Guthrie leaves mound with a smile in O's win

The Baltimore Sun

Jeremy Guthrie could have packed his belongings and returned to his Las Vegas home, his body aching and his pride a little bruised. The 2007 season brought enough personal achievements to satisfy most rookie pitchers, even as it threatened to end sooner than the schedule dictated. There wasn't much reason for Guthrie to keep pushing himself as the Orioles tried to avoid last place, except he wanted to take the ball one more time before letting go.

A strained oblique kept Guthrie off the mound for nearly three weeks, but he fought through the pain until the muscle healed, convinced manager Dave Trembley that he shouldn't be shut down and gave the Orioles five innings last night, along with some much-needed stability for their rotation, in an 8-5 victory over Toronto at Camden Yards.

Defensive lapses left Guthrie with another no-decision after he allowed three runs in the fifth, but shortstop Luis Hernandez made sure the night didn't end in defeat for the Orioles. One rookie trying to pick up another.

Hernandez hit his first major league homer, a two-run shot off reliever Brian Tallet in the sixth inning that returned the lead to the Orioles, who won for only the 10th time in 36 games before an announced 15,817.

Hernandez's homer, which came after Tallet replaced Severna Park native Josh Banks, was his first at any level this season. He spent most of the year at Double-A Bowie.

"I just tried swinging and hit the ball hard so [Jay Payton] could score from second," Hernandez said. "It was awesome. I hit that ball very good, but I never think it's going to go that far."

Payton hit a two-run homer off Banks in the second and drove in a run with an infield hit in the third, as the Orioles took a 4-0 lead. But his misplay later fueled a Blue Jays rally.

They scored twice off reliever Jim Hoey (3-4) in the sixth to take a 5-4 lead, the tying run crossing the plate when Payton dropped John-Ford Griffin's liner after Aaron Hill's leadoff double. Griffin came around on a single, passed ball and wild pitch.

"It didn't hit the right part of the glove," Payton said. "I was coming pretty hard and it just didn't stick."

Guthrie has gone nine starts without a victory, though he has lost only twice in that stretch. He faced one batter more than the minimum through four innings last night and could have gone beyond the fifth if the Orioles (68-91) had made enough plays behind him. But at least he was pitching again.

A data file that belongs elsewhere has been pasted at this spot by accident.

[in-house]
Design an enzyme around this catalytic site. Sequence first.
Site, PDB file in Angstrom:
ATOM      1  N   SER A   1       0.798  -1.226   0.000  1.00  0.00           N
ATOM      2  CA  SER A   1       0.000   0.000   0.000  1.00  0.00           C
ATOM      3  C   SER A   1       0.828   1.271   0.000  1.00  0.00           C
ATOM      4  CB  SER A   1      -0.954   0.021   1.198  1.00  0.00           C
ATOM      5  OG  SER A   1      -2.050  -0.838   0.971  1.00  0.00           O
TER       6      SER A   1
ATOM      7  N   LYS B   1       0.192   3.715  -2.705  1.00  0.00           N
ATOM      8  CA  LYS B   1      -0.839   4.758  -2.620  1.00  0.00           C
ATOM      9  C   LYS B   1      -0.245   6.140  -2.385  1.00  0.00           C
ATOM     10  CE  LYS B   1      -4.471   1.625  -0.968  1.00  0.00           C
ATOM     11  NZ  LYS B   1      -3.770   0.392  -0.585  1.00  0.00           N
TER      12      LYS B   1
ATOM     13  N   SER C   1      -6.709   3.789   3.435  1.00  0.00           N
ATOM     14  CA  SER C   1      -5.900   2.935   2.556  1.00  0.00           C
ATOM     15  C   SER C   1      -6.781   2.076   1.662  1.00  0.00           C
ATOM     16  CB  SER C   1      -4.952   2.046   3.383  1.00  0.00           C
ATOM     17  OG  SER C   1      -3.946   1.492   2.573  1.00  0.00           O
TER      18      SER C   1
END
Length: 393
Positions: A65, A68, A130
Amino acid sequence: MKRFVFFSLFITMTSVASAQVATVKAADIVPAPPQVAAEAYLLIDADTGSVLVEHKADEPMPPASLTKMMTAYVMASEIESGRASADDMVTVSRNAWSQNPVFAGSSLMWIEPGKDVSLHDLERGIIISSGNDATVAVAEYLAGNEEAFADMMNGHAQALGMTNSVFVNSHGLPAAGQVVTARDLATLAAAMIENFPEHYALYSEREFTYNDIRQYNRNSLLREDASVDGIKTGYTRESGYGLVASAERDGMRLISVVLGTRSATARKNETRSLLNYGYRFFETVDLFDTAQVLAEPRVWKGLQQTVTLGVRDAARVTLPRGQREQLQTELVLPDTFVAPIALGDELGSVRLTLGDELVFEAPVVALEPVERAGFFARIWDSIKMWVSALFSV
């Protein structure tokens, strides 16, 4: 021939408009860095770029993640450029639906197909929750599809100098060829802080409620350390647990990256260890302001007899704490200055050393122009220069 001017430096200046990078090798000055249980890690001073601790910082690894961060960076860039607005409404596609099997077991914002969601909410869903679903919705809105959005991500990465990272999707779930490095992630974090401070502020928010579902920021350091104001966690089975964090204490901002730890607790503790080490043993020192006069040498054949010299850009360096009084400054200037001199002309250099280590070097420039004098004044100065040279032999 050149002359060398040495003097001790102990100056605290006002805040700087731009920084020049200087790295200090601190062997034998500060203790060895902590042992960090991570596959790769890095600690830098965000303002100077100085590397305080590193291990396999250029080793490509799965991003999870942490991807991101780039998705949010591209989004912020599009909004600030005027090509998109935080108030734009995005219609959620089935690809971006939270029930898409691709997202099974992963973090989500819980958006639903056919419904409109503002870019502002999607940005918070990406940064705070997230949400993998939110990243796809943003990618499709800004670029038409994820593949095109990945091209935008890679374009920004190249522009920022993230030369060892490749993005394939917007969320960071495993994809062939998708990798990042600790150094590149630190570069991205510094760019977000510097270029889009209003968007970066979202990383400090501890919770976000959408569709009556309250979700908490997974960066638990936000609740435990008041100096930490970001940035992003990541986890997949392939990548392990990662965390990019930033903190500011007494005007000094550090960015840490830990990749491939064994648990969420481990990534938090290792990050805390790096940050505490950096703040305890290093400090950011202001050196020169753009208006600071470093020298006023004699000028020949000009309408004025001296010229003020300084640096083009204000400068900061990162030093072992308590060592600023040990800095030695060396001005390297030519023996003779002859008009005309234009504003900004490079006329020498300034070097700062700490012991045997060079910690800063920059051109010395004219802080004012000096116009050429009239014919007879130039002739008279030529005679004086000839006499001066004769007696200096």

"He earned a lot of respect tonight," Trembley said. "He's probably one of the more well-liked guys on this team. He's a rookie in the big leagues and he doesn't pitch like one. He doesn't act like one. He doesn't go about his business like one."

Said Payton: "He didn't have to show me anything. He showed me enough before today."

Guthrie already was cemented in next year's plans, some of which were discussed earlier this week. Trembley met with team president Andy MacPhail on Wednesday to dissect the roster, and they'll engage in more talks by the weekend.

The bullpen will be a priority over the winter, with the club seeking an experienced closer and setup man to replace Chris Ray and Danys Baez, who are expected to miss most, if not all, of the 2008 season.

The Orioles also will attempt to sign or acquire a veteran starting pitcher who can give them innings, and Trembley indicated that he would be content with someone he could put in the third slot in the rotation. Guthrie likely would be No. 2 behind Erik Bedard.

"I think Guthrie could be a two," Trembley said. "I don't think it really matters to him."

Four straight hits and an error on Hernandez, who left second base too soon on an attempted force play, produced three runs in the fifth before Guthrie recorded an out. The first run scored on Griffin's fly ball that eluded Payton's reach and was ruled a double.

"It was really satisfying to be out there," Guthrie said. "I enjoy pitching and it's nice to end the season pitching healthy versus having to walk off the field injured."

Notes -- J.R. House hit his second homer in the eighth after replacing backup catcher Paul Bako two innings earlier. ... The Orioles shut down Corey Patterson, who hasn't played in the past 21 games because of a sprained left ankle. He batted .269 with eight homers, 45 RBIs and 37 stolen bases. "I want to make this clear: Corey wanted to play," Trembley said. "But I said to him, 'If this was during the regular season, I would have to send you out on a minor league rehab.' What were we going to do, fly him down to Sarasota for instructional league for two days and fly him back here to play the last game on Sunday?" Patterson is a free agent after the season.

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